Sunday, June 05, 2011

Kim Wombles - Interview With Simon Baron-Cohen on Zero-Empathy, Autism, and Accountability

Kim Wombles at Countering . . . (Countering autism misinformation and various woo while offering kickass kumbaya and a positive perspective (and lots of flowers!)) recently interview Simon Baron-Cohen about his newest book, The Science of Evil: On Empathy and the Origins of Cruelty. I have not had a chance to read the book yet, but the more I see about it, the more I want to make the time to give it a read.

Baron-Cohen makes a distinction - that I believe is useful - between zero empathy negative (sociopaths, psychopathy, or borderline personality disorder [I disagree that they have zero empathy]) and zero empathy positive (autism spectrum). I had not seen this distinction made before.

Here is the beginning of the interview - the intro and first question:

An Interview With Simon Baron-Cohen on Zero-Empathy, Autism, and Accountability

Simon Baron-Cohen "sat down with me" this week via email and graciously took the time to answer my questions stemming from my review of his new book, The Science of Evil, that appeared on my blogs last week. What follows is a response that is every bit as thorough as my original review; between the two (and I recommend you read both as a complete piece), there's 15 single spaced pages of material. I thoroughly enjoyed this opportunity and I think readers will, too. There's even dueling databases, which I absolutely loved, below!

My questions are in italics; SBC's in regular font.

How would you outline the major sections in your book and how do you see these sections meshing together into a cohesive narrative?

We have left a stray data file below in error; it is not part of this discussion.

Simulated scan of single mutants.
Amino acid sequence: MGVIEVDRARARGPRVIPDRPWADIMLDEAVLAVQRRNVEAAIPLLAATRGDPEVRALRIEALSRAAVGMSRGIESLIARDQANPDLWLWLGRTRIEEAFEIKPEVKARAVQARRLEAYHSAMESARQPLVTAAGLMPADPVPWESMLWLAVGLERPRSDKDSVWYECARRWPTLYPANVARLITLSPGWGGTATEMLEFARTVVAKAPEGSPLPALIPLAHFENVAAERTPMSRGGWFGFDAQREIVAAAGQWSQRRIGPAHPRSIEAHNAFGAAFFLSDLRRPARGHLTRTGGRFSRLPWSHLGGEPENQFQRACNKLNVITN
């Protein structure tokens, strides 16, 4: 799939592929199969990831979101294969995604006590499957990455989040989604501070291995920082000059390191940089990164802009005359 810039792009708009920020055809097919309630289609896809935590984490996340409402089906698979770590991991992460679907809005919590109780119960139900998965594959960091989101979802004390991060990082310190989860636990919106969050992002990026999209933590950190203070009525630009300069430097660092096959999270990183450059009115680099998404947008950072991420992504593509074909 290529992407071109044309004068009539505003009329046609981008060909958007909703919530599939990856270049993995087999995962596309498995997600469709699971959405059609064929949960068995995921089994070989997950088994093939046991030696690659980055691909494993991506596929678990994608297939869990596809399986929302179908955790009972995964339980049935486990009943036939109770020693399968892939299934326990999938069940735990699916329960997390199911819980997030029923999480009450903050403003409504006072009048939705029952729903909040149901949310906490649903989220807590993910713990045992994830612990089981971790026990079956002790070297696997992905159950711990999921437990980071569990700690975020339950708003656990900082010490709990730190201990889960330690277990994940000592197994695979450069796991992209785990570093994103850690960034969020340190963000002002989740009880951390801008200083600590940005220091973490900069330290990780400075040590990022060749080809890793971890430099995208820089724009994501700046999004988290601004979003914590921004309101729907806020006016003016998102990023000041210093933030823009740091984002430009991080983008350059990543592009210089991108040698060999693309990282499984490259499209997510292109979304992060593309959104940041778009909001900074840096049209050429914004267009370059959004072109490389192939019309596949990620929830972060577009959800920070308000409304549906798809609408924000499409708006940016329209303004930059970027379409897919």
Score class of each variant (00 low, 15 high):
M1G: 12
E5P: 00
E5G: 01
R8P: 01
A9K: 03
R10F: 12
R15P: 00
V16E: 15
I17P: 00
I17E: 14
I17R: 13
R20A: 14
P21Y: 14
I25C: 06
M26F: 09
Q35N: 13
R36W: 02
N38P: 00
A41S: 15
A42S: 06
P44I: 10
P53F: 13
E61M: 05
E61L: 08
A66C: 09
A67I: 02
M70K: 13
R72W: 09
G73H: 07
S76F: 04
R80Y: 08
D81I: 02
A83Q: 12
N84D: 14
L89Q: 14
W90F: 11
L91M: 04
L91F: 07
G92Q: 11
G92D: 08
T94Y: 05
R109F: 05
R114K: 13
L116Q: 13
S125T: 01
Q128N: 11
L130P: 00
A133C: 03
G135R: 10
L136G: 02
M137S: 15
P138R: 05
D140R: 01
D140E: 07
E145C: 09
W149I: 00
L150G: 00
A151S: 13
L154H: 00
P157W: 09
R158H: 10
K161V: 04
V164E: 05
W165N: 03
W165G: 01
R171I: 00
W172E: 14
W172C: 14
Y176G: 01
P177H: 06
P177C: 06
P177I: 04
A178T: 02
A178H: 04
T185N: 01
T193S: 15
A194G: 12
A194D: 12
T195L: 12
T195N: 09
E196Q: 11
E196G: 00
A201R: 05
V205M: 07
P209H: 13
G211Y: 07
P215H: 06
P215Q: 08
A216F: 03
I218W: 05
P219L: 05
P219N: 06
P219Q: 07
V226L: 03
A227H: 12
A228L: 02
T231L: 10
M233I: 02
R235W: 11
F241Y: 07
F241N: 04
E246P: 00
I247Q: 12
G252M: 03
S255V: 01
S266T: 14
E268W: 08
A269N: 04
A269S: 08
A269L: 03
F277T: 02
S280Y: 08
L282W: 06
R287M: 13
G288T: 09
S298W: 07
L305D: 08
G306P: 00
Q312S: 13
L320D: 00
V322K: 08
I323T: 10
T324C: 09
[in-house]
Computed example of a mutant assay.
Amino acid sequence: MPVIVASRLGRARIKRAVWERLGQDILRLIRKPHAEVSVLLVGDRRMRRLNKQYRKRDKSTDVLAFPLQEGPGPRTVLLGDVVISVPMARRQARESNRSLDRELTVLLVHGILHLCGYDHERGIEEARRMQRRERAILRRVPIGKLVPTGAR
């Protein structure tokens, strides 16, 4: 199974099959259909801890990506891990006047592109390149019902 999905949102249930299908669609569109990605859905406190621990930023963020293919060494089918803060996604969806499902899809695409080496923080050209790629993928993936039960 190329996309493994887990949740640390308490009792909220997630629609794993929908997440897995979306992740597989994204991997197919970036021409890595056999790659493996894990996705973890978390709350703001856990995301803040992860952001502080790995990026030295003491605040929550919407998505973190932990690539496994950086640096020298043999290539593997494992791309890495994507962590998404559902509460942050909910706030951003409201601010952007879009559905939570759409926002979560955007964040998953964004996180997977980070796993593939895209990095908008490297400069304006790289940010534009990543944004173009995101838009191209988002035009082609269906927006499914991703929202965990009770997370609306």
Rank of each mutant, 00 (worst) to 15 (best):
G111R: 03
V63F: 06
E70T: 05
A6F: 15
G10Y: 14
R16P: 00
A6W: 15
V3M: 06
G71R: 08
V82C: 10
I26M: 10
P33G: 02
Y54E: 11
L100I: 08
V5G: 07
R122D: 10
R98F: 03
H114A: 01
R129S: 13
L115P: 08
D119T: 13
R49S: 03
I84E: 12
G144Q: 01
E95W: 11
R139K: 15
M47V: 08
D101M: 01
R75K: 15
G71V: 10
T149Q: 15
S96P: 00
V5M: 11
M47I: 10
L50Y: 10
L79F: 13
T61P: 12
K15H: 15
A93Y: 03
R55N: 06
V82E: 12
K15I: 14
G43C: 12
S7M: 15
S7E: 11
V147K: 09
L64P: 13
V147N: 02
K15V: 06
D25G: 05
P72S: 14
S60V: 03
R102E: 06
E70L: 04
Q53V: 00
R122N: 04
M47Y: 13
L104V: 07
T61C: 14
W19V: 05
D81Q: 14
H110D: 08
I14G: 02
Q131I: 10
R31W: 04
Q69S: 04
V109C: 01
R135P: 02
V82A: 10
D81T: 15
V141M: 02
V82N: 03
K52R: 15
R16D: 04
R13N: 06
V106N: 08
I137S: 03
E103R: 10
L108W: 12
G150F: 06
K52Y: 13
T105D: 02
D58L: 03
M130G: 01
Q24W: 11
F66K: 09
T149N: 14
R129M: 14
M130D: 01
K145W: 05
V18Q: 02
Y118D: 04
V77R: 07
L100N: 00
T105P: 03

The key theme in my book is that when people commit acts of cruelty, a specific circuit in the brain ("the empathy circuit") goes down. It can go down temporarily (for example, when we are stressed) or in a more enduring way. For some people, this empathy circuit never developed in the first place, either for reasons of environmental neglect and/or for genetic reasons. But whatever the reason this circuit in the brain did not develop in the usual way, or is not functioning in the usual way, it is the very same circuit that is involved. I argue that when we try to explain acts of human cruelty, there is no scientific value in the term 'evil' but there is scientific value in using the term 'empathy erosion'.

The related theme is that the functioning of the empathy circuit determines how much empathy a person has, and that empathy is "normally distributed" in the population: from zero degrees at the extreme low end through to six degrees at the extreme high end. Most of us are somewhere in the middle, but the book explores the different routes that can lead a person to end up at zero degrees of empathy. In particular, there are some medical/psychiatric conditions that cause this outcome and most are negative (Zero Negative). These include the personality disorders, such as psychopaths and people with Borderline Personality Disorder. Link
But one is surprisingly positive (autism spectrum conditions) because although they struggle with empathy, they do so because they have a mind that is exquisitely tuned to spot patterns (rules) in the world. I call this "systemizing", and in people with autism or Asperger Syndrome the "systemizing mechanism" is tuned to an extremely high degree. This can have remarkable advantages when trying to figure out how a system works (hence Zero Positive), but leads to disability when applied to the world of people and emotions, because people and emotions are hard (if not impossible) to systemize.
Go read the whole long interview - very interesting stuff.


Kim Wombles said...

Thank you for the link to my interview with SBC. I appreciate it.

Edwin Rutsch said...

May I suggest a further resources to learn more about empathy and compassion.
The Center for Building a Culture of Empathy
The Culture of Empathy website is the largest internet portal for resources and information about the values of empathy and compassion. It contains articles, conferences, definitions, experts, history, interviews,  videos, science and much more about empathy and compassion.